Monday, December 8, 2008

C & C confusion

The following is part of the Canons of the Diocese of Northwestern Pennsylvania:

Canon I. Definition of terms
...
Section J) “Communicant In Good Standing” means a person whose Baptism has been recorded in this Church, who has received Holy Communion in this Church at least three times during the preceding year and who for the previous year has been faithful in corporate worship, unless for good cause prevented, and has been faithful in working, praying and giving for the spread of the Kingdom of God.

The way I read this is that only people baptised in TEC can be Communicants in Good Standing in the diocese. This means everyone else needs to be rebaptized.

How do you read this?

5 comments:

Paul said...

No, it means their Baptism, wherever and by whomever performed, needs to be recorded in a local Episcopal Church. Many Protestant churches issue a transfer letter when someone goes to another church and Episcopal churches do the same, one sending and one receiving. One may accept personal testimony of baptism. We recognize all baptism done with water in the name of the Trinity. I was baptized as a Baptist and was able to get a letter to that effect from my old home church when I applied for holy orders in TEC and had to document my baptism.

Since we consider baptism indelible, we do not rebaptize. ("Marked as Christ's own forever") If there is any question whether someone was baptized we can perform a conditional baptism saying "If you are not already baptized I baptize you in the Name etc." Then we are sure it has been done but we do not claim to be doing it a second time.

Many congregations and clergy are lax about this and membership gets reduced to being on the mailing list, which is not canonical.

I hope this puts your mind at least somewhat at ease.

It is standard language in Episcopal canons everywhere.

PseudoPiskie said...

It is still funny language. My Lutheran pastor sent the bishop a letter releasing me from my Lutheran membership or words to that effect. I thought that was pretty funny too but he said that's the language.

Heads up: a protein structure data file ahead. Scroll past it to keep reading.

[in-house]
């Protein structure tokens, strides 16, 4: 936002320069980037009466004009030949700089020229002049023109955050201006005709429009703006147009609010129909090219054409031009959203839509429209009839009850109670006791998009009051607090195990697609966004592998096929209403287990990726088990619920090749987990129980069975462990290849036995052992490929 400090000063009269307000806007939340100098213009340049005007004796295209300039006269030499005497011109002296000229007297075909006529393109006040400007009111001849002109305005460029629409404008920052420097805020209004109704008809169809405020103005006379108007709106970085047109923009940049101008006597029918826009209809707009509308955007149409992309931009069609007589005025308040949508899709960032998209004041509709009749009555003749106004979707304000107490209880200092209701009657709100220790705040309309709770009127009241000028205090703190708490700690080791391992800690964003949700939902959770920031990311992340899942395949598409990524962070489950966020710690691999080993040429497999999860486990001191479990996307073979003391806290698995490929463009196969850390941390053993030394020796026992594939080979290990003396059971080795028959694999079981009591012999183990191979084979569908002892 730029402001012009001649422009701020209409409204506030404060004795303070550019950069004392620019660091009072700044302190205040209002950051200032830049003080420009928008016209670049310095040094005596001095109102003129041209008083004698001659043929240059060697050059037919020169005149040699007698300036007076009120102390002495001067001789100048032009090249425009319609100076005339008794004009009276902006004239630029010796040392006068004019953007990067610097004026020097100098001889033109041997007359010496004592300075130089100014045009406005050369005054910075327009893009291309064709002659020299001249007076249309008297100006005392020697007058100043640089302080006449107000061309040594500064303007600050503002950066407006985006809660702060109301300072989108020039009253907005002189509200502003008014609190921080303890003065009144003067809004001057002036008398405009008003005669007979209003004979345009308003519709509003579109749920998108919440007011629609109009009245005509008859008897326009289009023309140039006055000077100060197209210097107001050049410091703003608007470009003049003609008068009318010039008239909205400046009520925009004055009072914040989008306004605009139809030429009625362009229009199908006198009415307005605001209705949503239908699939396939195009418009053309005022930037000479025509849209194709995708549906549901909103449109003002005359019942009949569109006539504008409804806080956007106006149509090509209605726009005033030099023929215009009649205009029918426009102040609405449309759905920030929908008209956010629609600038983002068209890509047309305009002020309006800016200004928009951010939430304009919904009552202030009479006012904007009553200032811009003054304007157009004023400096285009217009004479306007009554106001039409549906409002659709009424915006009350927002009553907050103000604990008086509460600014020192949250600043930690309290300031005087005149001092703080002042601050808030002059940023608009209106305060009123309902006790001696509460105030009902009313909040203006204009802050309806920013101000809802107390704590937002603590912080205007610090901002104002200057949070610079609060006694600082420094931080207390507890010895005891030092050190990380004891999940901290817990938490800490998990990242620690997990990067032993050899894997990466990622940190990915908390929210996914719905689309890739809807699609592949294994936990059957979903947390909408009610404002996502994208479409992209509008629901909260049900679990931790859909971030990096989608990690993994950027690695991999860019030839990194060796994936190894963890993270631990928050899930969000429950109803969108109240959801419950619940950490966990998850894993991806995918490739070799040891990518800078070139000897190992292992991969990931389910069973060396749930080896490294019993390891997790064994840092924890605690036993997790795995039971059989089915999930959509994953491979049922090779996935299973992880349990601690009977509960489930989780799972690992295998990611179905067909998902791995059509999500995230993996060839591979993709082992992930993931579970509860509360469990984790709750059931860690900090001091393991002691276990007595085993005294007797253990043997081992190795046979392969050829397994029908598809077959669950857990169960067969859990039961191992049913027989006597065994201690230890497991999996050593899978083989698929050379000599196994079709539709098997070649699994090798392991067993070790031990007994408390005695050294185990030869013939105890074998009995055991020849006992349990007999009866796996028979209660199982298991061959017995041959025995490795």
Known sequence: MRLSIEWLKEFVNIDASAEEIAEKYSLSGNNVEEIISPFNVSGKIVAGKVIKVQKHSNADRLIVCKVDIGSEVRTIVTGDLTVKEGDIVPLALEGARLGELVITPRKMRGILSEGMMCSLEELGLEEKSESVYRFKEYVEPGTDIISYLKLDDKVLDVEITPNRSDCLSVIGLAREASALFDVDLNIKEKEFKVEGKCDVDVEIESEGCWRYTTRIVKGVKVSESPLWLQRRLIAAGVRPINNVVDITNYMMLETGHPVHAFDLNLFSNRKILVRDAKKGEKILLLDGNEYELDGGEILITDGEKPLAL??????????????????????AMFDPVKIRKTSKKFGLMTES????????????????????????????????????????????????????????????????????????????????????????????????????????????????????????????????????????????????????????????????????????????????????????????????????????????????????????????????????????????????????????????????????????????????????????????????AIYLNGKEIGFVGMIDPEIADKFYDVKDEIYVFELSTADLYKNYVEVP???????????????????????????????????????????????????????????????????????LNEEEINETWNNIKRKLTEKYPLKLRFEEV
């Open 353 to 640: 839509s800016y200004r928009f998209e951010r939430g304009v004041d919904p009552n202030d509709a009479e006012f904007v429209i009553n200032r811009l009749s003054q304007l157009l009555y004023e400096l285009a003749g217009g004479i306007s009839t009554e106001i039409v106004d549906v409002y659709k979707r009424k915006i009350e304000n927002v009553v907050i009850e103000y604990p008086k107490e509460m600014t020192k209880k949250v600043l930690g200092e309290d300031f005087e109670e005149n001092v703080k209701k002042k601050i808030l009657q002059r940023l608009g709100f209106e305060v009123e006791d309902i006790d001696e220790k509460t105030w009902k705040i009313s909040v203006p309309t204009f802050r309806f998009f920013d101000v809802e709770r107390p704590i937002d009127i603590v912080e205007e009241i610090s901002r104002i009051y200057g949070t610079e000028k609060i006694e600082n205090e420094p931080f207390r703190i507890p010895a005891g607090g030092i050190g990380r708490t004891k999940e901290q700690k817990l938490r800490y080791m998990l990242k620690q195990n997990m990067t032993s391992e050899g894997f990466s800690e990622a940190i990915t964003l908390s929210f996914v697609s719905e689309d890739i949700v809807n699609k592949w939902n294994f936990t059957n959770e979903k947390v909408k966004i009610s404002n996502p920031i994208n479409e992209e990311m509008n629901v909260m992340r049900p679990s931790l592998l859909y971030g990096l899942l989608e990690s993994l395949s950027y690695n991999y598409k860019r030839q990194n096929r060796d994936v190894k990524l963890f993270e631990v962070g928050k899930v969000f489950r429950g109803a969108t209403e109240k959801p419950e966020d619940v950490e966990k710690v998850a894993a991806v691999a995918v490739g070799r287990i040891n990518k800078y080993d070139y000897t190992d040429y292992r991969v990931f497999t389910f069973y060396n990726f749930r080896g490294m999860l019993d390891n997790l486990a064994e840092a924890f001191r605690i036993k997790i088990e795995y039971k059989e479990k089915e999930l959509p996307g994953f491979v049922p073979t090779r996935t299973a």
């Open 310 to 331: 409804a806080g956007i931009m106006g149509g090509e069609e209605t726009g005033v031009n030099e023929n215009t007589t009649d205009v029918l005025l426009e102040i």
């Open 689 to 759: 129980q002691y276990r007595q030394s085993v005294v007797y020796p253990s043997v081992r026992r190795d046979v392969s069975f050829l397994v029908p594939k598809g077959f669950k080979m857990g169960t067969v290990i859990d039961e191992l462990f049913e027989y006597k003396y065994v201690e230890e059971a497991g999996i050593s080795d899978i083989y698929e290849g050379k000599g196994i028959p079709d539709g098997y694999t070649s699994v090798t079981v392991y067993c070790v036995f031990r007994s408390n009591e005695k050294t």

Anyhow thanks, Paul.

Paul said...

Anglicans specialize in funny language and seem to relish it. Which does not in any way make it less funny. We're an odd lot.

StLouisJohn said...

At first read, I thought the same as you. But there's one key word:

"...whose Baptism has been recorded in this Church

When I was received into TEC, I had to provide proof of my Baptism in a trinitarian church (RC). Had it not been baptismal in the Name of the Father, The Son and the Holy Spirit. If this were lacking, then I'd have to have a date with the Font.

You're lucky the Lutheran church "releases you" from your membership. The RC Church doesn't. They think I'm still and will always be Roman Catholic, albeit fallen. I think they're full of shit. And what I think trumps the Magisterium so :P~~~ x 100 to them.

John

sharecropper said...

While Episcopalians consider baptism indelible, Baptists only recognize baptism by immersion - or my Baptist church did. So, even though I was christened (baptized) in the Presbyterian church, I had to be immersed to become a member of the Baptist church. And, the preacher dropped me as he leaned me backwards into the water for the third time - downward I fell and he slipped trying to catch me. I was glad that I had the bathroom to myself when I was drying off...'cause I laughed and laughed at our antics.

The Episcopal Church accepted that I was baptised properly and recorded it as such.